With Sails Whitening Every Sea

With Sails Whitening Every Sea

Mariners and the Making of an American Maritime Empire

Winner, James J. Broussard First Book Prize (SHEAR)

Winner, John Lyman Book Award  (North American Society of Oceanic History)

Many Americans in the Early Republic era saw the seas as another field for national aggrandizement. With a merchant marine that competed against Britain for commercial supremacy and a whaling fleet that circled the globe, the United States sought a maritime empire to complement its territorial ambitions in North America. In With Sails Whitening Every Sea, Brian Rouleau argues that because of their ubiquity in foreign ports, American sailors were the principal agents of overseas foreign relations in the early republic. Their everyday encounters and more problematic interactions—barroom brawling, sexual escapades in port-city bordellos, and the performance of blackface minstrel shows—shaped how the United States was perceived overseas.

Rouleau details both the mariners' "working-class diplomacy" and the anxieties such interactions inspired among federal authorities and missionary communities, who saw the behavior of American sailors as mere debauchery. Indiscriminate violence and licentious conduct, they feared, threatened both mercantile profit margins and the nation's reputation overseas. As Rouleau chronicles, the world's oceans and seaport spaces soon became a battleground over the terms by which American citizens would introduce themselves to the world. But by the end of the Civil War, seamen were no longer the nation's principal ambassadors. Hordes of wealthy tourists had replaced seafarers, and those privileged travelers moved through a world characterized by consolidated state and corporate authority. Expanding nineteenth-century America's master narrative beyond the water's edge, With Sails Whitening Every Sea reveals the maritime networks that bound the Early Republic to the wider world.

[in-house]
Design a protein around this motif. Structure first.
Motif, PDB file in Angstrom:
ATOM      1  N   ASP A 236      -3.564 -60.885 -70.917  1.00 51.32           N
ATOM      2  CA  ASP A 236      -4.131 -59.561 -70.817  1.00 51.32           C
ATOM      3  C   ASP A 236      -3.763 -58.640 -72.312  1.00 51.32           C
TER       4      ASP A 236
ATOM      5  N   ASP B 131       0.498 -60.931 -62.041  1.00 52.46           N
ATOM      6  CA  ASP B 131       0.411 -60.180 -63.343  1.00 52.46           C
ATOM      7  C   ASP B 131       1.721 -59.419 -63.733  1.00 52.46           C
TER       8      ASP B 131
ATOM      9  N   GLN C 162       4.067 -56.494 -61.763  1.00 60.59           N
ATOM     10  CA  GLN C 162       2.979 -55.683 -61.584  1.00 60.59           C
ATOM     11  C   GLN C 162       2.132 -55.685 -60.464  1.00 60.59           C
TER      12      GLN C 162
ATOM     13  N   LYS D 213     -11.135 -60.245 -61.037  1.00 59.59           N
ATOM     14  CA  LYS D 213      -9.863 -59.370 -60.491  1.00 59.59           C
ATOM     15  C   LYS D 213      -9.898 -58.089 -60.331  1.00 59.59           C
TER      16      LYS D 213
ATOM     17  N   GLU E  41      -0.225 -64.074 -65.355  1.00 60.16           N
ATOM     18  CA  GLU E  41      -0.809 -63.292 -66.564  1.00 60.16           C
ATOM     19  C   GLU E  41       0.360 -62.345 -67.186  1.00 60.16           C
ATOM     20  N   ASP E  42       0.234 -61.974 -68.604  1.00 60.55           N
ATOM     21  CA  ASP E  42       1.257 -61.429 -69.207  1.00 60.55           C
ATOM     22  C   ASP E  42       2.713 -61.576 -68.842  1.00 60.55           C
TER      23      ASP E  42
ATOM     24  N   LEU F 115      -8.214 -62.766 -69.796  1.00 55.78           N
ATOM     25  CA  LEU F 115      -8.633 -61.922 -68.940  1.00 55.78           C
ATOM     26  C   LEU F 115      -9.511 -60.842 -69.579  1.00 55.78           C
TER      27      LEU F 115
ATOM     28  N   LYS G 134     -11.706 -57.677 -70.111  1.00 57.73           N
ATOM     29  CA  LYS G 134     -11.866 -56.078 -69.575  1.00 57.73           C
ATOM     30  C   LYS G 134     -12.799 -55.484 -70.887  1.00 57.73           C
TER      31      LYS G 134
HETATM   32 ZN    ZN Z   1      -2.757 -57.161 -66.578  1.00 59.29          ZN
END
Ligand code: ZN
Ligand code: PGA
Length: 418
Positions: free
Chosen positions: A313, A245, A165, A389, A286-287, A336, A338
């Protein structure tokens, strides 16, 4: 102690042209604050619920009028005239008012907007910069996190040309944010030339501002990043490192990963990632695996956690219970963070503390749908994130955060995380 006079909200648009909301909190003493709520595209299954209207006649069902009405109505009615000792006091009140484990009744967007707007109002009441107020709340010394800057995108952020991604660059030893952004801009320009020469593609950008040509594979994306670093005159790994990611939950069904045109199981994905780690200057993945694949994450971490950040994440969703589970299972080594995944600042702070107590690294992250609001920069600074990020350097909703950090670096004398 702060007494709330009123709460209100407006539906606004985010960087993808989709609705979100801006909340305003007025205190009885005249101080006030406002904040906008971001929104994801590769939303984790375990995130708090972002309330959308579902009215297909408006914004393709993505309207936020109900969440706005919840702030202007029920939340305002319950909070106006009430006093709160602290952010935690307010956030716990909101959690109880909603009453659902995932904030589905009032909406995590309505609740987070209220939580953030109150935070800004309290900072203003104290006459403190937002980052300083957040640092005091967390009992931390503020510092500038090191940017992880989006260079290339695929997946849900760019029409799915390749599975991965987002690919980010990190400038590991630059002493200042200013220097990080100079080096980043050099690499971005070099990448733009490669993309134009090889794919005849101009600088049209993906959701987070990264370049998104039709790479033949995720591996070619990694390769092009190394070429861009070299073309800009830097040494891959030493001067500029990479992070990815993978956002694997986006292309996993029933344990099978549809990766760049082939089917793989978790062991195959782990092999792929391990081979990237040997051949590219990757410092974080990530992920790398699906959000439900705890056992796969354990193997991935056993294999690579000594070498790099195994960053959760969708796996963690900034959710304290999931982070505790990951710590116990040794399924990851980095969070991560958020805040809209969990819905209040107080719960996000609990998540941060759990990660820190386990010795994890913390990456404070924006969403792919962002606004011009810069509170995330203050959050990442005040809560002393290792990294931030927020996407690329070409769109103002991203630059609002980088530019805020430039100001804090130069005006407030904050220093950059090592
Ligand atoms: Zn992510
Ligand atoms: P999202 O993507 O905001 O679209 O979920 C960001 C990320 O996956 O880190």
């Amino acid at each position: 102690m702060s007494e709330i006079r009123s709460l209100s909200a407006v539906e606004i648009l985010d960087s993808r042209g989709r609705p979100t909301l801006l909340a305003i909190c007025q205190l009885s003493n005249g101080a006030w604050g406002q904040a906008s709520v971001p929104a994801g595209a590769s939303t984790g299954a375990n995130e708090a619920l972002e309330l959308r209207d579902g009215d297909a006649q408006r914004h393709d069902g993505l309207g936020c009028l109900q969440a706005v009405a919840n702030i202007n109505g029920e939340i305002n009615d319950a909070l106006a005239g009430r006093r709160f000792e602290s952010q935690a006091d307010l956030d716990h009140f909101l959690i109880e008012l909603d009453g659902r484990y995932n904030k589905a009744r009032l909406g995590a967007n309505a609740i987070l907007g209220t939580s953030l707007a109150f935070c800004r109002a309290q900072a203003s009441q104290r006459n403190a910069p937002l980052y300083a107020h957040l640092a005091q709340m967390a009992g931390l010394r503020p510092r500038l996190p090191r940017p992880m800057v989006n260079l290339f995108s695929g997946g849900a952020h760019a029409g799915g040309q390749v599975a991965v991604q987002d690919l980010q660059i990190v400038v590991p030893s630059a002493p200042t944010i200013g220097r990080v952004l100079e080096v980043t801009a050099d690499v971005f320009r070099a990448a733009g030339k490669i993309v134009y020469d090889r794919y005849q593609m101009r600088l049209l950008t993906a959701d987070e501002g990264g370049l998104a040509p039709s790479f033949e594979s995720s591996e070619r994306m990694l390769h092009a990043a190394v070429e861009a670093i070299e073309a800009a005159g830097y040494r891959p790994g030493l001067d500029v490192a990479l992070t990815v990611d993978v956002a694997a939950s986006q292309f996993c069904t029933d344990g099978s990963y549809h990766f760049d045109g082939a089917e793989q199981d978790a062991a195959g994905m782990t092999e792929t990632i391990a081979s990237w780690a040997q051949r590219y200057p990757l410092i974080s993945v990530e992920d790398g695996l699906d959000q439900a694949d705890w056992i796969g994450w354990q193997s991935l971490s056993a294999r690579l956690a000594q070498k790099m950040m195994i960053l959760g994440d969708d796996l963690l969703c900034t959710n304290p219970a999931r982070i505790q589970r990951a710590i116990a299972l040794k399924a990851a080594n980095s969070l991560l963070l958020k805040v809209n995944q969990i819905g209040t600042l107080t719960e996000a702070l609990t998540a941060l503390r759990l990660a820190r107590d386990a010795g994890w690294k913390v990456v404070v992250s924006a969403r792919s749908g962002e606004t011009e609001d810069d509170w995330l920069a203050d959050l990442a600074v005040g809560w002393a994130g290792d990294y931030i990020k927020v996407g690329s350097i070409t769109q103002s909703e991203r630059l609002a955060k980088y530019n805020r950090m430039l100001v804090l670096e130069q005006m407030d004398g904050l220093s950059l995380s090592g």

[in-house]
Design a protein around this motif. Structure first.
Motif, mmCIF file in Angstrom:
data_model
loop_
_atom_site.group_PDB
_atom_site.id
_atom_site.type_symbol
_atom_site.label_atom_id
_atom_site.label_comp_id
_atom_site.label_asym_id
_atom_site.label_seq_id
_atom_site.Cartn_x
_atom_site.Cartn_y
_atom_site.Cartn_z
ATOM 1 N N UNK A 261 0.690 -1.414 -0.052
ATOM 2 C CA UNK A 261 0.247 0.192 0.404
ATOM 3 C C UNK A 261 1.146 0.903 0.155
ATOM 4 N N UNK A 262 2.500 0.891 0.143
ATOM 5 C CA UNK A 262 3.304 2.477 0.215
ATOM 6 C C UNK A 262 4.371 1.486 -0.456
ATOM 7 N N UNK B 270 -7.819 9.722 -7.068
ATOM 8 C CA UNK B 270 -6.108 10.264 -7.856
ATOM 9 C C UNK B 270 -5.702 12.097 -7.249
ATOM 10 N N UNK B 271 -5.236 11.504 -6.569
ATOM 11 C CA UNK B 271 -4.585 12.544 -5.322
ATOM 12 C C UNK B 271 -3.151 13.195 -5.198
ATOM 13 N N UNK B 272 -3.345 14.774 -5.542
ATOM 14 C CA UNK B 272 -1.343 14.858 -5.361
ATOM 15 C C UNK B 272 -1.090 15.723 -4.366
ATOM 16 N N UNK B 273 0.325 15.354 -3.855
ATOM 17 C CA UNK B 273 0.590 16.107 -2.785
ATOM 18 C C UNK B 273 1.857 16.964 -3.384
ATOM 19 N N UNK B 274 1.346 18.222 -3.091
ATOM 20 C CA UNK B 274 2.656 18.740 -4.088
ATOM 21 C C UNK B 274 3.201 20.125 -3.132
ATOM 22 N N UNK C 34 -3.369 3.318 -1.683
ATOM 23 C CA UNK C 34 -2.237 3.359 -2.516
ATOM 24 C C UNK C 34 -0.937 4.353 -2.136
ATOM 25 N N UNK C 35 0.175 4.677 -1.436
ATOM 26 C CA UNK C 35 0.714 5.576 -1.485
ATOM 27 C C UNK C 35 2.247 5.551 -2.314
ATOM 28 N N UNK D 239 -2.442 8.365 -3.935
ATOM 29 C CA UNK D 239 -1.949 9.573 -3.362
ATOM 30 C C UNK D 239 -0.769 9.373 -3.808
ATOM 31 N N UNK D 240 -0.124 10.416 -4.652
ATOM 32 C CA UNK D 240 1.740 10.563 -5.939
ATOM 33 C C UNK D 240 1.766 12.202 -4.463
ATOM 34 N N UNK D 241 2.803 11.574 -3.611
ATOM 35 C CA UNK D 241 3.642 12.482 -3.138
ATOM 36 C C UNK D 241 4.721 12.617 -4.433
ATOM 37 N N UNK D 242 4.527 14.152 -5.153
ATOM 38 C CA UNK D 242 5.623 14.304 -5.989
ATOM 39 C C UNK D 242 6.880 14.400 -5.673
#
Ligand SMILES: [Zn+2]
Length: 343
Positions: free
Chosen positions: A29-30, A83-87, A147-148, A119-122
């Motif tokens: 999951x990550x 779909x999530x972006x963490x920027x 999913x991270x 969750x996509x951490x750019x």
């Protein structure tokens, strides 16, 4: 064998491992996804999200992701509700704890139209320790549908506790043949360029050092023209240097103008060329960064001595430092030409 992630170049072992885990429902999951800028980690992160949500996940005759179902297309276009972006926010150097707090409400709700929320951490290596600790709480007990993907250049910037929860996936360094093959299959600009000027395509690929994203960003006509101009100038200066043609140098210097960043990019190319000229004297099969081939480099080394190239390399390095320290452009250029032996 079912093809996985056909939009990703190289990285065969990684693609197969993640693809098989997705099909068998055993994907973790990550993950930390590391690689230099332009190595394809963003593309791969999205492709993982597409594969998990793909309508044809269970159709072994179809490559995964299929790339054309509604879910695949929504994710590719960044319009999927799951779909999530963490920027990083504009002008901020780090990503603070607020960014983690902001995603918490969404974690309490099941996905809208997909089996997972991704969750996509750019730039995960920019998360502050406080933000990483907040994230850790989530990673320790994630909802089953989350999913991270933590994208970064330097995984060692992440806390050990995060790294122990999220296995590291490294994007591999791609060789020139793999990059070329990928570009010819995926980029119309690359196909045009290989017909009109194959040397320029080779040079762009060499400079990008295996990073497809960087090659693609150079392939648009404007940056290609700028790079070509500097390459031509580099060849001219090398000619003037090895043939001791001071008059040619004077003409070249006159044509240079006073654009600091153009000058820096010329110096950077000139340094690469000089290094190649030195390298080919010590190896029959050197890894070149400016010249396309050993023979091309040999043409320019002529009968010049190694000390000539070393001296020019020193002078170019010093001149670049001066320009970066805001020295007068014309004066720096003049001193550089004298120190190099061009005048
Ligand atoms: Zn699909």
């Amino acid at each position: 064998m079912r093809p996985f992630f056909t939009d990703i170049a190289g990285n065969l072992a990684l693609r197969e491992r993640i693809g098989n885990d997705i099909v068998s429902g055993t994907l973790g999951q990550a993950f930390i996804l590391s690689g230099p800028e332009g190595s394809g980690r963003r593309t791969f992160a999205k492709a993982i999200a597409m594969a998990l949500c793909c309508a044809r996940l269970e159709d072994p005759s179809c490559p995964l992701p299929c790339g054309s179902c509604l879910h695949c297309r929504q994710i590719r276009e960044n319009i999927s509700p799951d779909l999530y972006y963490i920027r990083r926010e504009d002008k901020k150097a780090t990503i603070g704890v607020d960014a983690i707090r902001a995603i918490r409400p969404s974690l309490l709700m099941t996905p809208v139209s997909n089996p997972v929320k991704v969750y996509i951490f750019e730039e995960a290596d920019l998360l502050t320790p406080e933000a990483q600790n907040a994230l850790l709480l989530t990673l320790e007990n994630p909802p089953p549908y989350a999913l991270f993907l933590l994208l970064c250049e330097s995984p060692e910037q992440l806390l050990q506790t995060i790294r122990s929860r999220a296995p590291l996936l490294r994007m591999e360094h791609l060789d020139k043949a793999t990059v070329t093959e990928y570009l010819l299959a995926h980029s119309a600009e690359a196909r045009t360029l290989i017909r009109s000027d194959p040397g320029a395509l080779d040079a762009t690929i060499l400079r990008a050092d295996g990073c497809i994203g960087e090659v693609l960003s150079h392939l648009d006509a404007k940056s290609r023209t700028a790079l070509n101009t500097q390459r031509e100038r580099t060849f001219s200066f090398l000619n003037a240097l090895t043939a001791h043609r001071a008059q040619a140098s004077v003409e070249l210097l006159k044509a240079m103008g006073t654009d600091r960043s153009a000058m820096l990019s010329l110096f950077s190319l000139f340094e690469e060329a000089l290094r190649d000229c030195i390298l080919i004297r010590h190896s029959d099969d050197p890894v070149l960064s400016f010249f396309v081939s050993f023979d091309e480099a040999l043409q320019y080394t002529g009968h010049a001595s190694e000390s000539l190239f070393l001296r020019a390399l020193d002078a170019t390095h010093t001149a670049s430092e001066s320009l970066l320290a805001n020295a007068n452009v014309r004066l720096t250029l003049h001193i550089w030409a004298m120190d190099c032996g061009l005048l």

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Social Science : Gender and Sexuality Studies
History : History / General and World
History : History / U.S. and Canada
Political Science : Political Science / Foreign Policy

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